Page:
CLINT: THE LIFE AND LEGEND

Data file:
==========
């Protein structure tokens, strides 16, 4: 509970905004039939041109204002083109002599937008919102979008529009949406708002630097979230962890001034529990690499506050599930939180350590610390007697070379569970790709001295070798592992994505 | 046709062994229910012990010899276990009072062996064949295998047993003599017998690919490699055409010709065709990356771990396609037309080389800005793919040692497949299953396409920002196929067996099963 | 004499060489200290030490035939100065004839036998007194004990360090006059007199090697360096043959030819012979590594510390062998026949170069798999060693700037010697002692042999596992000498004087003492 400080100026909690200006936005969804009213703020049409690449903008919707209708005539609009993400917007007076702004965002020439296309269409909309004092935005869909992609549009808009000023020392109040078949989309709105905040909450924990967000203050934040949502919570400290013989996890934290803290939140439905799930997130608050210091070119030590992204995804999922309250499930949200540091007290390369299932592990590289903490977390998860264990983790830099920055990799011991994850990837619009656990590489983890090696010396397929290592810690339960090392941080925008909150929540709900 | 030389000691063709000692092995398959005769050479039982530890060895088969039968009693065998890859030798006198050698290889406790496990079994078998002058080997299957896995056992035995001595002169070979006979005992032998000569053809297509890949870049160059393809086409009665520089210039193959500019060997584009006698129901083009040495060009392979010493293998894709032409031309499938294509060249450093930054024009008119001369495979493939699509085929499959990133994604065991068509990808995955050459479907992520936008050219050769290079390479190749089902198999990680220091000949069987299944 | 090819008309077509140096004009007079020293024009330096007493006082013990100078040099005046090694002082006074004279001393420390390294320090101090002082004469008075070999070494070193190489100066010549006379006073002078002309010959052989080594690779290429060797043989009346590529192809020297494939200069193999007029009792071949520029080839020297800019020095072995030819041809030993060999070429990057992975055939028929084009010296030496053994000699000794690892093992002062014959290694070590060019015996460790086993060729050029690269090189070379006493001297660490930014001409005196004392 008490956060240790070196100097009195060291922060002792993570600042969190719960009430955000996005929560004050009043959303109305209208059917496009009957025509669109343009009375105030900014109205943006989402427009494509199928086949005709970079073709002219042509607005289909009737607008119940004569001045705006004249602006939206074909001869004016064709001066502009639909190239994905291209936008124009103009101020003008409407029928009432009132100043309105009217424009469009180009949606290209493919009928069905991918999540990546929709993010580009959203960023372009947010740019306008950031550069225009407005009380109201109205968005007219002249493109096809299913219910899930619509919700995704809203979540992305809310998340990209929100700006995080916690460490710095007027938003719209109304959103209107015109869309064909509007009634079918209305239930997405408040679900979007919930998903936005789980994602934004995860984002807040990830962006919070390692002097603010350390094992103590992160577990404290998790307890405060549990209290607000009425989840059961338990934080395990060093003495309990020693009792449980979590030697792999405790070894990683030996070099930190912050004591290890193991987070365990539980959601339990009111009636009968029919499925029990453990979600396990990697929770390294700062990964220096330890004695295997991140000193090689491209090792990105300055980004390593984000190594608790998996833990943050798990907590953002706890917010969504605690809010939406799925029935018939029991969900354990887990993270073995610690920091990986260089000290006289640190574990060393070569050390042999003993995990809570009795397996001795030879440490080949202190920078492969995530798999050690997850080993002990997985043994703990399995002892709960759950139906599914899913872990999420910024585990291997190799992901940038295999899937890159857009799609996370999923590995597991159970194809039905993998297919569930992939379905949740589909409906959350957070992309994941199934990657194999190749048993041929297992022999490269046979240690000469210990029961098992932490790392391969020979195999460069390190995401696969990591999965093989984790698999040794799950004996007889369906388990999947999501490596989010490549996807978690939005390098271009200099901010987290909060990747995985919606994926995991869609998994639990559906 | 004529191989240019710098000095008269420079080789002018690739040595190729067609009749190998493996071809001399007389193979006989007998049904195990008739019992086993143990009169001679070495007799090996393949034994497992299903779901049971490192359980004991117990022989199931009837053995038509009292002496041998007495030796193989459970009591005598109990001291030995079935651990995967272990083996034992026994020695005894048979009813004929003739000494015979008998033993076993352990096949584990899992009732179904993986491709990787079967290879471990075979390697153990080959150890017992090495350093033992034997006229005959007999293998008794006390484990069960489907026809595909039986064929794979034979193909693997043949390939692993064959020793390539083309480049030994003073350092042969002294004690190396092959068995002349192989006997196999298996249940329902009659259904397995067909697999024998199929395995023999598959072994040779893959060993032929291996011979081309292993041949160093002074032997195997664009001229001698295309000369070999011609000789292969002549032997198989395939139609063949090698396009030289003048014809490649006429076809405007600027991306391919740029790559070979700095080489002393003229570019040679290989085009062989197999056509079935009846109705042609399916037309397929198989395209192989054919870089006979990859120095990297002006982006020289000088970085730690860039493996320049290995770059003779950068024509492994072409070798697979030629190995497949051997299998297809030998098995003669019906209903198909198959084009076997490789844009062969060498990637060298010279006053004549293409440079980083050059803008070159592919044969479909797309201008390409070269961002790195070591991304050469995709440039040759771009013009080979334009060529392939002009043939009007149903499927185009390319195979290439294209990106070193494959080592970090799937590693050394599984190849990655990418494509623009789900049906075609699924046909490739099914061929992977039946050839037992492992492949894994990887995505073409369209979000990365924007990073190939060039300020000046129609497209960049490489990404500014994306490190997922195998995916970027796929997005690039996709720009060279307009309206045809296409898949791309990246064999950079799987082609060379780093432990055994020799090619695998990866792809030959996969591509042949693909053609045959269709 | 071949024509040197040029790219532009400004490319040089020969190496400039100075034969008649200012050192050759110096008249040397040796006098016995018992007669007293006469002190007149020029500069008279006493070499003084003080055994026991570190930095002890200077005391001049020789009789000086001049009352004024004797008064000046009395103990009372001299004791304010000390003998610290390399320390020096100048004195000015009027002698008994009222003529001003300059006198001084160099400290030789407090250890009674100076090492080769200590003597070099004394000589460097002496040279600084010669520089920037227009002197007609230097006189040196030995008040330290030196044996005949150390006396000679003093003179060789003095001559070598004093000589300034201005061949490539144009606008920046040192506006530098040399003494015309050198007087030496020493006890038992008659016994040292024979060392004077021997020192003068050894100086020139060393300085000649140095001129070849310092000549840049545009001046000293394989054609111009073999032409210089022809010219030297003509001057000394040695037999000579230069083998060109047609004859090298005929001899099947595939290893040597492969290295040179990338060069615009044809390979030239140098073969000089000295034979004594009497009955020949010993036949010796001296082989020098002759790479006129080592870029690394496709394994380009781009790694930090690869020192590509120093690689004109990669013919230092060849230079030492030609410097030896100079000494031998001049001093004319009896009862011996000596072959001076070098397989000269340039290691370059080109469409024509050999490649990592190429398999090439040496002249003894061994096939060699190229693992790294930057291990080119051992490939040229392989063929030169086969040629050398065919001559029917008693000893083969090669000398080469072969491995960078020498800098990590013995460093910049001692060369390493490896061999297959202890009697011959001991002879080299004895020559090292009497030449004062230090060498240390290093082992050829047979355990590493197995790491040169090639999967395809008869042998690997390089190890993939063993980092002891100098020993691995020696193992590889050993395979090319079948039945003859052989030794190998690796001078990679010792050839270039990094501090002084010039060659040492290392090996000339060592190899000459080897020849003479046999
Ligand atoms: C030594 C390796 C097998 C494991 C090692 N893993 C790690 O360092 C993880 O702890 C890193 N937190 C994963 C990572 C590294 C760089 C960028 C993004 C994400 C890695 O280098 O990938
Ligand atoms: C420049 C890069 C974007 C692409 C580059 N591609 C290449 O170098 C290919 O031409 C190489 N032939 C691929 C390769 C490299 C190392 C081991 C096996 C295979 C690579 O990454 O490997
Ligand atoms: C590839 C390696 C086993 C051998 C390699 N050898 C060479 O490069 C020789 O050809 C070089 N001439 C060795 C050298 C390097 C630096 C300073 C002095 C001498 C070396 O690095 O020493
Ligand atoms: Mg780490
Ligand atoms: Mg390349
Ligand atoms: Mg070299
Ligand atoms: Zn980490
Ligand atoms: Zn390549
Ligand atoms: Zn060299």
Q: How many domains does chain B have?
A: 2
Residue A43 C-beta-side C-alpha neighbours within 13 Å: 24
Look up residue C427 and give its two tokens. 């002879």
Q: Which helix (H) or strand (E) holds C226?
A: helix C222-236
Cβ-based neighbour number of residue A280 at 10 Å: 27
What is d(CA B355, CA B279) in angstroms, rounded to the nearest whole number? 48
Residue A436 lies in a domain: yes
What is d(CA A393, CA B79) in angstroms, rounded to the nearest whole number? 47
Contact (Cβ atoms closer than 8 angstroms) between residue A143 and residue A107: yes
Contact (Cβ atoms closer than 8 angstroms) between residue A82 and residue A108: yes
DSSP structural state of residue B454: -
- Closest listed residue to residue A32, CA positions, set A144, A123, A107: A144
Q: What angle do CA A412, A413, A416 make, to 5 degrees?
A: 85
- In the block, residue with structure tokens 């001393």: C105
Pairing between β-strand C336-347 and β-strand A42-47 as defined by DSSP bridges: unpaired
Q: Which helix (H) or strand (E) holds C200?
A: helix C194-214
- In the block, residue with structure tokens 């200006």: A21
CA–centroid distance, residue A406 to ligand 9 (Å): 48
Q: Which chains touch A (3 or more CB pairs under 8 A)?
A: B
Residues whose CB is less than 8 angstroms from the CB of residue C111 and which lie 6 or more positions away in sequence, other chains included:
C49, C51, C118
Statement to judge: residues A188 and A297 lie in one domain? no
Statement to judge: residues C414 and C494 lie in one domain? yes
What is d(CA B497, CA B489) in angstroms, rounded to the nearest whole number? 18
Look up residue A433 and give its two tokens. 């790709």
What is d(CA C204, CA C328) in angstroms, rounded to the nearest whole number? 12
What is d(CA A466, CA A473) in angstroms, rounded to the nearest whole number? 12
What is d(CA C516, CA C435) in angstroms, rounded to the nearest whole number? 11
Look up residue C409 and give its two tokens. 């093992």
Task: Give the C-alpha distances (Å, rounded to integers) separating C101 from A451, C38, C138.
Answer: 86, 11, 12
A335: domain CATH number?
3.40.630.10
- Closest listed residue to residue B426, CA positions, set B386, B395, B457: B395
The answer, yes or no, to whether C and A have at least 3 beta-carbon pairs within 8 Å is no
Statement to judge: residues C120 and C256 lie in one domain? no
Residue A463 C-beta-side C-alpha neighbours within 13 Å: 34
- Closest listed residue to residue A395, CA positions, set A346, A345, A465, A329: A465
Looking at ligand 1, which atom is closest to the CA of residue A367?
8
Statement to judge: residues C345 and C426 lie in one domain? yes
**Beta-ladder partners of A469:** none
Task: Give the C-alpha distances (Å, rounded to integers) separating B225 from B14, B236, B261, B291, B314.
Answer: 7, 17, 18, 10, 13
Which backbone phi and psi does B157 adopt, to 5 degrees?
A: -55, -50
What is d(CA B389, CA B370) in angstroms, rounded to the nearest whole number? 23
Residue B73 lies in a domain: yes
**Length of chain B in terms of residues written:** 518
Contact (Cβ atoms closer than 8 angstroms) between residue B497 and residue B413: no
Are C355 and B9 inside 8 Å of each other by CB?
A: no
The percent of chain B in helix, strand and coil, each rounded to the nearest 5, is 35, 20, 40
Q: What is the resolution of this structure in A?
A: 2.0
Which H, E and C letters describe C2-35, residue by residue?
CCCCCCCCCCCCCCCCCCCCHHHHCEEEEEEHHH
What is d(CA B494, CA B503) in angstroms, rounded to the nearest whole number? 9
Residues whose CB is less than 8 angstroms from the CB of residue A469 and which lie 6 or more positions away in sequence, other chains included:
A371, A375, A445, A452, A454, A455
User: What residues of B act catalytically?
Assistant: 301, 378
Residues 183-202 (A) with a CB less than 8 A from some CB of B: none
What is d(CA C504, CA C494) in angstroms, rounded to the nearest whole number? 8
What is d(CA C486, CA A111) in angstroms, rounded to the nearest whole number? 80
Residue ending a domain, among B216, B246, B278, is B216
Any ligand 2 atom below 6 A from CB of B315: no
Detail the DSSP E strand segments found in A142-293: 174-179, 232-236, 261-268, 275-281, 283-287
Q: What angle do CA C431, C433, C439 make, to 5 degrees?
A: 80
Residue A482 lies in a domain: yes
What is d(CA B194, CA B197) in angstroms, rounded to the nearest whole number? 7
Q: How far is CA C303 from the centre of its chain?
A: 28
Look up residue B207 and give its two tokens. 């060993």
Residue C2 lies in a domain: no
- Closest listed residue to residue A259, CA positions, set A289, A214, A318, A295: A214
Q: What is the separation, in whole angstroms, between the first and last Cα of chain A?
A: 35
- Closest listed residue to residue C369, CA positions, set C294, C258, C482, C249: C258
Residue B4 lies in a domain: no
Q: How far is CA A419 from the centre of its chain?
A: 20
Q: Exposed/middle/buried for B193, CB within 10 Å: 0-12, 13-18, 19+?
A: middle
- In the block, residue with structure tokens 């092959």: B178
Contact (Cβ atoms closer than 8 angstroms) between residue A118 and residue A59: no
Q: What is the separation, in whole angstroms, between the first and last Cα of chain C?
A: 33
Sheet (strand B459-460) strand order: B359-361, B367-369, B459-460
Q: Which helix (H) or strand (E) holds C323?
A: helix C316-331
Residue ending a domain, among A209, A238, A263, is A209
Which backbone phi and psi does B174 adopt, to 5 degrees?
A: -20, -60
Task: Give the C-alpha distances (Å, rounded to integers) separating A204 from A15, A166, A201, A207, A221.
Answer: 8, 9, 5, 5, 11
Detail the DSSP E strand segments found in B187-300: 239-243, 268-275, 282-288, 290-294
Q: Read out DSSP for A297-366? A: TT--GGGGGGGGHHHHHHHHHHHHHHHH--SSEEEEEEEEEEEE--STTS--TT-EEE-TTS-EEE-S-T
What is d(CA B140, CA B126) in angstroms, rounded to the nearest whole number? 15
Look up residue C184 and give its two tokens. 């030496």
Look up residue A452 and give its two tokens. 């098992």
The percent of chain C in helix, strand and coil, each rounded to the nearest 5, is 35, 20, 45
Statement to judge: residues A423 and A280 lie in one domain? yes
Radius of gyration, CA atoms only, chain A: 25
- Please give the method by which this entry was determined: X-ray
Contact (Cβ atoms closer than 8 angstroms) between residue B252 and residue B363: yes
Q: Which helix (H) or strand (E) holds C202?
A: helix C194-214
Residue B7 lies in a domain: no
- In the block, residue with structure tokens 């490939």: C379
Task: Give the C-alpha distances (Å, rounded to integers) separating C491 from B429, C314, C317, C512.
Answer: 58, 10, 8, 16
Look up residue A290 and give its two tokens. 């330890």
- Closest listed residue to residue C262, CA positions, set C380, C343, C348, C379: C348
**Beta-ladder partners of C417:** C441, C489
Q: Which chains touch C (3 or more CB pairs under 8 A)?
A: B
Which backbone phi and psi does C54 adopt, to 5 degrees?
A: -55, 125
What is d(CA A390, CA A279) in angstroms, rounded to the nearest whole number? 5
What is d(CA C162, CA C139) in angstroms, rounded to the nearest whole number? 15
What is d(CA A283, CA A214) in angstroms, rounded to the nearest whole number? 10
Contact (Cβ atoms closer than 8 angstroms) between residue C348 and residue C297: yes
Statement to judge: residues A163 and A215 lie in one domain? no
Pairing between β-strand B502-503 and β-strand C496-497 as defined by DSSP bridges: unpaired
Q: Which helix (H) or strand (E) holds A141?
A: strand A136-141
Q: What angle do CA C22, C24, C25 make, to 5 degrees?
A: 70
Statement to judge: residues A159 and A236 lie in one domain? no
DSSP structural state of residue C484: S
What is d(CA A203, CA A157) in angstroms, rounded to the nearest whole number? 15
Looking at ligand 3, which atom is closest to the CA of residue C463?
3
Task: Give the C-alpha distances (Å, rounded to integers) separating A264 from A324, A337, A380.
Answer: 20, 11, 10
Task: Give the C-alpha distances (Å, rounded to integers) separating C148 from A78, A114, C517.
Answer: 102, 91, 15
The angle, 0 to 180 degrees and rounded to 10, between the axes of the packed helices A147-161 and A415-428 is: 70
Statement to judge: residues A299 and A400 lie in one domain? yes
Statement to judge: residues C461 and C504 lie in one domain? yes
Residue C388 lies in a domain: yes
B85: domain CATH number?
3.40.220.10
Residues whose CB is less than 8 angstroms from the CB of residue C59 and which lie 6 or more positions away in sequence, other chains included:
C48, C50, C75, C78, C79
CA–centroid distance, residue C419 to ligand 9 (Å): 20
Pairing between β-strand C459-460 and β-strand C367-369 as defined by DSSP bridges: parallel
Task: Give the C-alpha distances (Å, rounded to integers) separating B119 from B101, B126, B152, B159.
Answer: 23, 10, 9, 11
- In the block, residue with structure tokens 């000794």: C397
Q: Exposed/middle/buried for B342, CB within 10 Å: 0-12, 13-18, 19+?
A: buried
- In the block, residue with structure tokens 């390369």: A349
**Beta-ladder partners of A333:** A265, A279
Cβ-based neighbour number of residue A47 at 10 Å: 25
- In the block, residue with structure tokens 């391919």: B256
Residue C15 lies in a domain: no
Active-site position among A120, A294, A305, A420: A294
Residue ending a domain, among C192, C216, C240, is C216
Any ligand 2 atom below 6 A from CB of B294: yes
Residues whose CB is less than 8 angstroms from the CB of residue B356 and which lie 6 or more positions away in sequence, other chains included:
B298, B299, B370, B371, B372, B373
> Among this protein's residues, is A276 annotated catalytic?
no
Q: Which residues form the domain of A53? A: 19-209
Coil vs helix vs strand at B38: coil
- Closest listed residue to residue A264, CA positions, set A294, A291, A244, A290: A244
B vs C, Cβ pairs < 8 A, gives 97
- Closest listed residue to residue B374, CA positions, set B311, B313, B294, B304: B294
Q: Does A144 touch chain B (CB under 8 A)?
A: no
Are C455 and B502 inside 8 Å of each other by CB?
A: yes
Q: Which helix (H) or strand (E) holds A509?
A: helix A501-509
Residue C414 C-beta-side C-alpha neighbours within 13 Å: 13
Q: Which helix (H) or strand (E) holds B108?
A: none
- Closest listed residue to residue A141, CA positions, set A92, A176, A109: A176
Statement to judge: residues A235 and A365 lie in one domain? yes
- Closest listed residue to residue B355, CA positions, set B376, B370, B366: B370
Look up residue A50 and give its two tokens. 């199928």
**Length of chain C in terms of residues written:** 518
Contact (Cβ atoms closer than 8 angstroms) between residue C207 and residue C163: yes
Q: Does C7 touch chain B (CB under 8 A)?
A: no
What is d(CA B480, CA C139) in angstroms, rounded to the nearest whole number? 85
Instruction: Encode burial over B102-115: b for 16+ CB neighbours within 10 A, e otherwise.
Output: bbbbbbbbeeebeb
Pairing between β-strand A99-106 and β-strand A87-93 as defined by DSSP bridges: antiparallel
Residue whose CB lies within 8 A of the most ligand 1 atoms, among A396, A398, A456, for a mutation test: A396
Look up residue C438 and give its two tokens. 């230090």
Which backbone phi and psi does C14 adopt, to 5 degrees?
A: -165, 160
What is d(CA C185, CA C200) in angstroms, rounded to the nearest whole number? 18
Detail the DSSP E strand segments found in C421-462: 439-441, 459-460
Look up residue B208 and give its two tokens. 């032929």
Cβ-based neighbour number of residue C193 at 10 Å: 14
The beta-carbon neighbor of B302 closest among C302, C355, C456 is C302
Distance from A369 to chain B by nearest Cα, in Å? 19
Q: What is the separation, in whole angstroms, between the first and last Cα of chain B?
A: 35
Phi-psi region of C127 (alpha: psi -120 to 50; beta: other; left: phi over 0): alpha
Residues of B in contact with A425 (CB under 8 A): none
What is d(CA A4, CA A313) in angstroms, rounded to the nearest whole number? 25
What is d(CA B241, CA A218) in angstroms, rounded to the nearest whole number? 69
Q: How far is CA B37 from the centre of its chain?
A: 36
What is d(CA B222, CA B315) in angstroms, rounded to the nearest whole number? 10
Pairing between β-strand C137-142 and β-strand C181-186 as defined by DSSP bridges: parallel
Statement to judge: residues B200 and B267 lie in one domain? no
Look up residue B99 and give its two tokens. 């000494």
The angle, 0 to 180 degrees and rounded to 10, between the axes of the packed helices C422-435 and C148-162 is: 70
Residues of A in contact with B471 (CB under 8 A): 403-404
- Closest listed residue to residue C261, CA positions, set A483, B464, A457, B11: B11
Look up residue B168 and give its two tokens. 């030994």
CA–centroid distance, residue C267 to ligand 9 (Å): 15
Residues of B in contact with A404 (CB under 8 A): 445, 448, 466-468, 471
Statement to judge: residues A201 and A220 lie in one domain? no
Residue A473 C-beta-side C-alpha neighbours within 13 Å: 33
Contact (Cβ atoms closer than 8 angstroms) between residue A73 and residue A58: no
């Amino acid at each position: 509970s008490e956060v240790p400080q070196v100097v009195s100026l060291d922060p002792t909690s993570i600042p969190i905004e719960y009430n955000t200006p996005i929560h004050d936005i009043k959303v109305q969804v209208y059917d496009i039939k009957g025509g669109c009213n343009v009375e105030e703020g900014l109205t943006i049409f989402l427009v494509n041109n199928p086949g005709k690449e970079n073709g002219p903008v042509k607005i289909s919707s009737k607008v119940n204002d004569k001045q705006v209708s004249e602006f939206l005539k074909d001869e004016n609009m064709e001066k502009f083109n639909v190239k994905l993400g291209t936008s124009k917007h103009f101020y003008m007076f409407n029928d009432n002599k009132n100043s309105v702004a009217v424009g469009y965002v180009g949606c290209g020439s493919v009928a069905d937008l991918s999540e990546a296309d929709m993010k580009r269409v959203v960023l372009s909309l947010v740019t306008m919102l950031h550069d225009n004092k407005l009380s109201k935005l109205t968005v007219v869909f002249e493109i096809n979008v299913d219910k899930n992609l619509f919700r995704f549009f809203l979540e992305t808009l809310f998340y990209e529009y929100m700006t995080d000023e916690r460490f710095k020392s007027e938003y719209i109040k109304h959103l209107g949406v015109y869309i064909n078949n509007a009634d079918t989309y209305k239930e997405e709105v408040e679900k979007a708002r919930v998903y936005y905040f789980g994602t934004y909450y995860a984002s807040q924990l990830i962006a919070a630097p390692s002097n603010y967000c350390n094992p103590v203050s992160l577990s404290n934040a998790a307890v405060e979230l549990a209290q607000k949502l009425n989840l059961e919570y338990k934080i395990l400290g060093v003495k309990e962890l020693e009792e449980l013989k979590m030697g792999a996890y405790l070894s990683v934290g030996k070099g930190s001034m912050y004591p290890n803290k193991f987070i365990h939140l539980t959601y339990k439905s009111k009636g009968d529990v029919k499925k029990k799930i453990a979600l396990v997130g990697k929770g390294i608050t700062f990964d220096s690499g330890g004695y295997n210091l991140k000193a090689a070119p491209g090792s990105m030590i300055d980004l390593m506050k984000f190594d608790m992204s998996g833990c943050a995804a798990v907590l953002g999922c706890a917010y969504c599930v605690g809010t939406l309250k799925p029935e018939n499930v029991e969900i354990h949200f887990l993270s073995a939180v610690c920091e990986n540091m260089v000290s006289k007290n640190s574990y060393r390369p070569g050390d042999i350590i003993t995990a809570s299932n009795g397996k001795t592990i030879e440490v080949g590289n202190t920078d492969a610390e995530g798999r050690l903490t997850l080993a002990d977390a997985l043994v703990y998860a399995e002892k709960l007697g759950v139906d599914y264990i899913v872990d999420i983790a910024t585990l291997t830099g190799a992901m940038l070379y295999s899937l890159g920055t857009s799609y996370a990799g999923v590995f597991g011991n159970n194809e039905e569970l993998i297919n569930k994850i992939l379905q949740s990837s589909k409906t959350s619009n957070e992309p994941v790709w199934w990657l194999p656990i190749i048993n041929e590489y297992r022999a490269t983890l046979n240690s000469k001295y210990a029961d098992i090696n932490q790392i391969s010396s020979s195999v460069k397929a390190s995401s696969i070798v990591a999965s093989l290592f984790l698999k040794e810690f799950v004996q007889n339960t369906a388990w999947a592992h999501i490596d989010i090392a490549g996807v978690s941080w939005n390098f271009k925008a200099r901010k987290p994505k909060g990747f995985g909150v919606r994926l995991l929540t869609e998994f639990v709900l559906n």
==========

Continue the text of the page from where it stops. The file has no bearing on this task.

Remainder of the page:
McGilligan begins his monster bio of Hollywood’s Dirty Harry in 1634, when Clint’s great-great-great-great-great-great-great-great-grandfather sails in from England…. Good God, the ace film historian must know more about the Eastwoods than the Eastwoods do! Yet all McGilligan’s meticulous and credibly researched legwork has unearthed only blight on the family tree, as far as Clint’s concerned. Rebutting Clint’s cultivated simple-man mystique, his unauthorized biographer paints the Paint Your Wagon star as cheap, distant, vain, short-tempered, bitter, self-important, stubborn, vindictive, ungrateful, smug, manipulative, abusive, womanizing, misogynistic, and homophobic. (Eastwood is, however, always kind to animals.) The trouble here is that McGilligan so completely flays Clint as a person and a moviemaker that it’s unclear why he’s held a 40-year grip on superstardom.